Definitions

from The American Heritage® Dictionary of the English Language, 5th Edition.

  • noun Any of various relatively small, streamlined sailing or motor-driven vessels used for pleasure cruises or racing.
  • intransitive verb To sail, cruise, or race in a yacht.

from The Century Dictionary.

  • To sail or cruise in a yacht.
  • noun A vessel propelled either by sails or by steam, most often light or comparatively small, but sometimes of large size, used for pleasure-trips or for racing, or as a vessel of state to convey persons of distinction by water.

from the GNU version of the Collaborative International Dictionary of English.

  • intransitive verb To manage a yacht; to voyage in a yacht.
  • noun (Naut.) A light and elegantly furnished vessel, used either for private parties of pleasure, or as a vessel of state to convey distinguished persons from one place to another; a seagoing vessel used only for pleasure trips, racing, etc.
  • noun See the Note under Tonnage, 4.

from Wiktionary, Creative Commons Attribution/Share-Alike License.

  • noun A slick and light ship for making pleasure trips or racing on water, having sails but often motor-powered. At times used as a residence offshore on a dock (Wikipedia).
  • noun Any vessel used for private, noncommercial purposes.
  • verb intransitive To sail, voyage, or race in a yacht.

from WordNet 3.0 Copyright 2006 by Princeton University. All rights reserved.

  • noun an expensive vessel propelled by sail or power and used for cruising or racing
  • verb travel in a yacht

Etymologies

from The American Heritage® Dictionary of the English Language, 4th Edition

[Probably obsolete Norwegian jagt, from Middle Low German jacht, short for jachtschip : jagen, to chase (from Old High German jagōn) + schip, ship.]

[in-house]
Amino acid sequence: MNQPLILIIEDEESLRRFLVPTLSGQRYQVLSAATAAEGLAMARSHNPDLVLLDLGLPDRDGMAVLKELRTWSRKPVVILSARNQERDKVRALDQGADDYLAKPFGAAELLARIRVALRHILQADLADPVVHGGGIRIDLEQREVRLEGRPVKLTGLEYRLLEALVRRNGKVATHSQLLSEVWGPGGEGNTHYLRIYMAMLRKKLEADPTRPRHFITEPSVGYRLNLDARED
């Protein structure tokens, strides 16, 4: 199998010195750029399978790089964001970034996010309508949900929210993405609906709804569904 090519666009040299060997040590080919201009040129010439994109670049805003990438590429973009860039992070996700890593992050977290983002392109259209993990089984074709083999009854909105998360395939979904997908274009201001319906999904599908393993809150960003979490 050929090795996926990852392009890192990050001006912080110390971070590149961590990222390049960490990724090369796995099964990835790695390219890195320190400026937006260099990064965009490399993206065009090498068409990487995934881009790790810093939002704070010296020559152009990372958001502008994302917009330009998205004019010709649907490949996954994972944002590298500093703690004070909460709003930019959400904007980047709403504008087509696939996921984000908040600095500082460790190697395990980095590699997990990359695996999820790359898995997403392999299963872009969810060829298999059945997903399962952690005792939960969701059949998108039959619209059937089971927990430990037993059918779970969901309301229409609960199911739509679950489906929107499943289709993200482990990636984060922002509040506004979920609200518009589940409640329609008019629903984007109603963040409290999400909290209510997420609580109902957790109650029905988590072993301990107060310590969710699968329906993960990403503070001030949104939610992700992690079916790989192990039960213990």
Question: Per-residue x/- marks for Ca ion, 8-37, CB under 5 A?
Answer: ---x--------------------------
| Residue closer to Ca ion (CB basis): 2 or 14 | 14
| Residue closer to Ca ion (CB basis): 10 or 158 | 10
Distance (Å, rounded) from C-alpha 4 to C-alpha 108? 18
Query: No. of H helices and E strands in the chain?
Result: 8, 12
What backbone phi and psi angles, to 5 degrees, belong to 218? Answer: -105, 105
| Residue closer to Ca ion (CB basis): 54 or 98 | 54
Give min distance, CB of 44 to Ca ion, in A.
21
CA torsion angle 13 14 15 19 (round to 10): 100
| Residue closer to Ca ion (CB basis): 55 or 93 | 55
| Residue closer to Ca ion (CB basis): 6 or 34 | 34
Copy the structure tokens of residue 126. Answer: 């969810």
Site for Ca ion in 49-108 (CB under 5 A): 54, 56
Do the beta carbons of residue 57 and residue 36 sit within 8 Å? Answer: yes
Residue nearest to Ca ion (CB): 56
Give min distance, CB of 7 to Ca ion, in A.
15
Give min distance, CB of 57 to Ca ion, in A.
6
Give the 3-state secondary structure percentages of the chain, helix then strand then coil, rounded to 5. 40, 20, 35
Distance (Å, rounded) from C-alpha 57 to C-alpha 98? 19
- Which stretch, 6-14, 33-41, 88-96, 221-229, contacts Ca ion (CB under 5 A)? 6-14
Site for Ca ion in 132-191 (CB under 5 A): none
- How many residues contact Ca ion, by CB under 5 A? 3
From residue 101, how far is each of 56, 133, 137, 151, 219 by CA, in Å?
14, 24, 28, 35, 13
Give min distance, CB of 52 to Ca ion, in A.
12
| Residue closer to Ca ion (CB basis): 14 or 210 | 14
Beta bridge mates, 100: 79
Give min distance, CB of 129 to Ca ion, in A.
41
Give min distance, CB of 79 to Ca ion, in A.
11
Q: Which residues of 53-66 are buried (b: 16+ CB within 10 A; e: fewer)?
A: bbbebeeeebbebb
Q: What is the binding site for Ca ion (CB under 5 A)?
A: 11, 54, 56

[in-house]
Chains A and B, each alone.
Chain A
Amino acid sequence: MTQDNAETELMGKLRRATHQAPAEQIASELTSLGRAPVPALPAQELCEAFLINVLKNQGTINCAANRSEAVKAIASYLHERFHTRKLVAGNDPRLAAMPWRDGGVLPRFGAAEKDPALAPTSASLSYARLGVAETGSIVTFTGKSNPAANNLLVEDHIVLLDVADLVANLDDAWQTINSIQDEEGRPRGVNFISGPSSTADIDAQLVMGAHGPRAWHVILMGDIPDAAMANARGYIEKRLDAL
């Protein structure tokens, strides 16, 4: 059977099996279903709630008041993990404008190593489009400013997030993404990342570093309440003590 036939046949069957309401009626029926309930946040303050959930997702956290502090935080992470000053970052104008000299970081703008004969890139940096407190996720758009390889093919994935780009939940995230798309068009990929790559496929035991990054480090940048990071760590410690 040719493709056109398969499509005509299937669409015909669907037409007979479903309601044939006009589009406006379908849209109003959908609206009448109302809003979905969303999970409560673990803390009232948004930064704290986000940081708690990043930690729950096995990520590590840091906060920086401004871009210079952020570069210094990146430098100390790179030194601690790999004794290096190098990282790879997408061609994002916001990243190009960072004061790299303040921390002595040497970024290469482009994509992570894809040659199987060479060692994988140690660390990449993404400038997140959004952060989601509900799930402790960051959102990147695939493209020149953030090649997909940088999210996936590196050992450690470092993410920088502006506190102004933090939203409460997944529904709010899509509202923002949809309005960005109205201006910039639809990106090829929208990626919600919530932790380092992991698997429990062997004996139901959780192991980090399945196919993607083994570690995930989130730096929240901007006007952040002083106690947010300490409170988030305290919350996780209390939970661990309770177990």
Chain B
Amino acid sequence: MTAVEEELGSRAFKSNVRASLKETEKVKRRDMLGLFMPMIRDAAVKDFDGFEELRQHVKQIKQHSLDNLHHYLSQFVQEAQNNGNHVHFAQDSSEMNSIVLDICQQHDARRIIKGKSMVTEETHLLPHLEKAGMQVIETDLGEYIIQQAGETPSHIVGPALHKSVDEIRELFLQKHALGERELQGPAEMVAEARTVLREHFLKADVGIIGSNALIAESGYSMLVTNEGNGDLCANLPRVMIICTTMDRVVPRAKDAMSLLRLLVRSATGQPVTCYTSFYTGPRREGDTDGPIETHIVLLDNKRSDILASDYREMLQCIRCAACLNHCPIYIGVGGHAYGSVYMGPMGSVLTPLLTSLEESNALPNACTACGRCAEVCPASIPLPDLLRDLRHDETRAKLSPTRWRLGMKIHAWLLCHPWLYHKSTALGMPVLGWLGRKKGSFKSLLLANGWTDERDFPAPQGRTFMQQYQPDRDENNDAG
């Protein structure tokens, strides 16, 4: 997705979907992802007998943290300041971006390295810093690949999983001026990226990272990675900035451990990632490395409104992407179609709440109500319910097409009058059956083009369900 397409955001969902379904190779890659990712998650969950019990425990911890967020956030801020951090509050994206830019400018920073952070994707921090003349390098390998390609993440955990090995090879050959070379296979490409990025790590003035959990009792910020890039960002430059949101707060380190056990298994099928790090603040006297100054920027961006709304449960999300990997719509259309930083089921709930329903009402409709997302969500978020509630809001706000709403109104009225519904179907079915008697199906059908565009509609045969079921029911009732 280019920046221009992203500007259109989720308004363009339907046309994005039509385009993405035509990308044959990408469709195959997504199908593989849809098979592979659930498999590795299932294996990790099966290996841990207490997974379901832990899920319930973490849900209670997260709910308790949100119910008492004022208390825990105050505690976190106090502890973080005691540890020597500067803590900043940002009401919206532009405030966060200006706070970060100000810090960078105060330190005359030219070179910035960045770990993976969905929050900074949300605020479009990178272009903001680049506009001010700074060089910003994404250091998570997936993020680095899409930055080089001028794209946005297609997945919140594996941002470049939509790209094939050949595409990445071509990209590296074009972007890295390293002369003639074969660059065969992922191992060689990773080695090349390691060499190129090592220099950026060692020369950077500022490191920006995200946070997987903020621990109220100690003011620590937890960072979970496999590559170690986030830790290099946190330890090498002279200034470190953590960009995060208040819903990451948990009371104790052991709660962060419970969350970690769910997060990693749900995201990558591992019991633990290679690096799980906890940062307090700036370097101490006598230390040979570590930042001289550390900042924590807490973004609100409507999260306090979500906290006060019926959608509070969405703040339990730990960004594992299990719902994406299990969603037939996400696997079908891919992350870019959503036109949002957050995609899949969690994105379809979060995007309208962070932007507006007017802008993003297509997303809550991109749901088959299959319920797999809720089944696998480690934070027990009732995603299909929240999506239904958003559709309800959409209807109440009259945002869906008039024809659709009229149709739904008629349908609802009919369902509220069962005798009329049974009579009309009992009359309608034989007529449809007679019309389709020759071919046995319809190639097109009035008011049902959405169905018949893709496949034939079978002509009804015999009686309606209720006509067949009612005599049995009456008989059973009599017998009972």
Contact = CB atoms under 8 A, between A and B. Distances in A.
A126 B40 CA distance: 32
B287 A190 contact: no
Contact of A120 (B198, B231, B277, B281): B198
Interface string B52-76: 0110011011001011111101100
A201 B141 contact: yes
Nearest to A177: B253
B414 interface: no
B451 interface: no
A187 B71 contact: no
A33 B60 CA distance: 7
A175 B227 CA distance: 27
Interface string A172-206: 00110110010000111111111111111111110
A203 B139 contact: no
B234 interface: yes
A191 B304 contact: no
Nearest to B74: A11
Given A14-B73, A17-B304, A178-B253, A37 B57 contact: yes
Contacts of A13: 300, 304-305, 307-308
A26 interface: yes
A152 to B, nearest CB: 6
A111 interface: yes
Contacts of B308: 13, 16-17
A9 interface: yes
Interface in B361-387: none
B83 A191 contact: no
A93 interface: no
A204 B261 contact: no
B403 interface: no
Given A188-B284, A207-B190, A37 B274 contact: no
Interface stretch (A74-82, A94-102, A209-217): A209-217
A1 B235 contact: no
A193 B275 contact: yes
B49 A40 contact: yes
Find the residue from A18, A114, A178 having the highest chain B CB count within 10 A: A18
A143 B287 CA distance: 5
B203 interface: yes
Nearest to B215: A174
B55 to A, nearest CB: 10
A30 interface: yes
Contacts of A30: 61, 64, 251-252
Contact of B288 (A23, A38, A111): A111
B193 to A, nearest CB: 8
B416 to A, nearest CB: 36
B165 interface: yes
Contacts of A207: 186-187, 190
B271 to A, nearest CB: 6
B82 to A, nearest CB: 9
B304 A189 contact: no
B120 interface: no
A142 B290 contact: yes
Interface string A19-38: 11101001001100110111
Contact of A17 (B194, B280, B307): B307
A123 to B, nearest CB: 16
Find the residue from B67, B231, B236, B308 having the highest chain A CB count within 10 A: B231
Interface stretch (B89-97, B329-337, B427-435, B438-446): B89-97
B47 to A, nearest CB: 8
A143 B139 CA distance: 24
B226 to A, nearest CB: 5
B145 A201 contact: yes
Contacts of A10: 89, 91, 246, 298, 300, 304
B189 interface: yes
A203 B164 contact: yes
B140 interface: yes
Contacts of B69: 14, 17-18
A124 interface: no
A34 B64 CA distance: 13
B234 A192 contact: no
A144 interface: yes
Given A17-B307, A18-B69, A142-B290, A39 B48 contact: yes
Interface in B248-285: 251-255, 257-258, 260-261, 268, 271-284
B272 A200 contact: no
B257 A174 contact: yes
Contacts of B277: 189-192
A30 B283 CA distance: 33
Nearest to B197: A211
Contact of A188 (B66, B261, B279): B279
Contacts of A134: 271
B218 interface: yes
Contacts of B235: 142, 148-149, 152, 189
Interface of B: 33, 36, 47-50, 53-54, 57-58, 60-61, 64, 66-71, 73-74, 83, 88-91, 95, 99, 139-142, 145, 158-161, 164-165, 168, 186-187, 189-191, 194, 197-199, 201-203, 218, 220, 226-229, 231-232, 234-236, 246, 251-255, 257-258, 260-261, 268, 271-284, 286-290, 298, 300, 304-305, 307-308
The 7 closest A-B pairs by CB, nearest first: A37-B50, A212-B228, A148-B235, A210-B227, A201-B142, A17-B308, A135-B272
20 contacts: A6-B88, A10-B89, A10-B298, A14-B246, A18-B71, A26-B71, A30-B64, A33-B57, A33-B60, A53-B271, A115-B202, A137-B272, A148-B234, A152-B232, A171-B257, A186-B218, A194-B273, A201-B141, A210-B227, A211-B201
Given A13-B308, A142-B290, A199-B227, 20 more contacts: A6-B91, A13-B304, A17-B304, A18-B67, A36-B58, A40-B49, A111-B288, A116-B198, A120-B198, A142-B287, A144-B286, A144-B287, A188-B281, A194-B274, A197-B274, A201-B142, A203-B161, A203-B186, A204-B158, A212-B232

from Wiktionary, Creative Commons Attribution/Share-Alike License

Ca. 1557; variant of yaught, earlier yeaghe ("light, fast-sailing ship"), from obsolete Dutch jaght(e) ("hunt") (modern jacht), short for jaghtschip, jageschip ("light sailing vessel, fast pirate ship"), literally, "pursuit ship", compound of jagen ("to hunt, chase") and schip ("ship") (see ship), from Proto-Germanic *jagōnan (cf. West Frisian jeie, German jagen, Swedish jaga), from Proto-Indo-European *yegʰo- (compare Irish éad ("jealousy"), Russian ярый (âryj, "furious"), Albanian gjah ("hunt"), Ancient Greek ζητέω (zētéō, "to search, seek"), Sanskrit यवन (yāvana, "barbarian; agressor"), यत्न (yātna, "zeal")).

Examples

Comments

Log in or sign up to get involved in the conversation. It's quick and easy.

  • What a strange little word this is!

    October 29, 2007

  • It is, isn't it, SoG? I was curious so I checked the etymology. It comes from the Dutch jaght or jacht, as in jaghtschip, which literally meant "ship for chasing." Presumably not a pleasure craft as we think of it nowadays. :-)

    October 29, 2007

  • That is cool. I wonder if by "chasing" they could also have meant "racing."

    October 29, 2007

  • Possibly! The etymology mentions it in reference to "light sailing vessels" used especially for royalty, "fast piratical ships," and those used for hunting. Apparently the meaning shifted at some point to refer to racing craft as well.

    October 29, 2007

  • Well, if you're a pirate, you'd naturally want a fast ship. And if you're a king, you'd also want the fastest ship you could get.

    Let me pause here for a refreshing break.

    "Every ship but your four fastest, you mean."

    "Yes, naturally not those four."

    Thank you. This break brought to you by the word page dulcet.

    And the best way to show off a fast ship, if you're a pirate, is to hunt/catch a whole lotta others. But once the golden age of piracy is over, what's left to do? If you still like fast ships, I guess you need to start having yacht races.

    October 29, 2007

  • Are you taking uselessness' madeupical etymology course, chained_bear? ;-)

    October 29, 2007

  • Actually, the word chasing refers to the pursuit of pleasure. Similar to the modern-day pleasure cruise, which is much slower than one might expect from "cruising." Of course the root of such phrases stems from Solomon's book of wisdom, Ecclesiastes, in which he declares that "everything is vanity, a chasing after the wind," inexorably tying the pleasures of the world to the breeze, and by extension, sailboats.

    October 29, 2007

  • I am without words, U.

    October 29, 2007

  • You see? The man's an artist.

    October 29, 2007

  • What, every word of that was true! ;-)

    October 29, 2007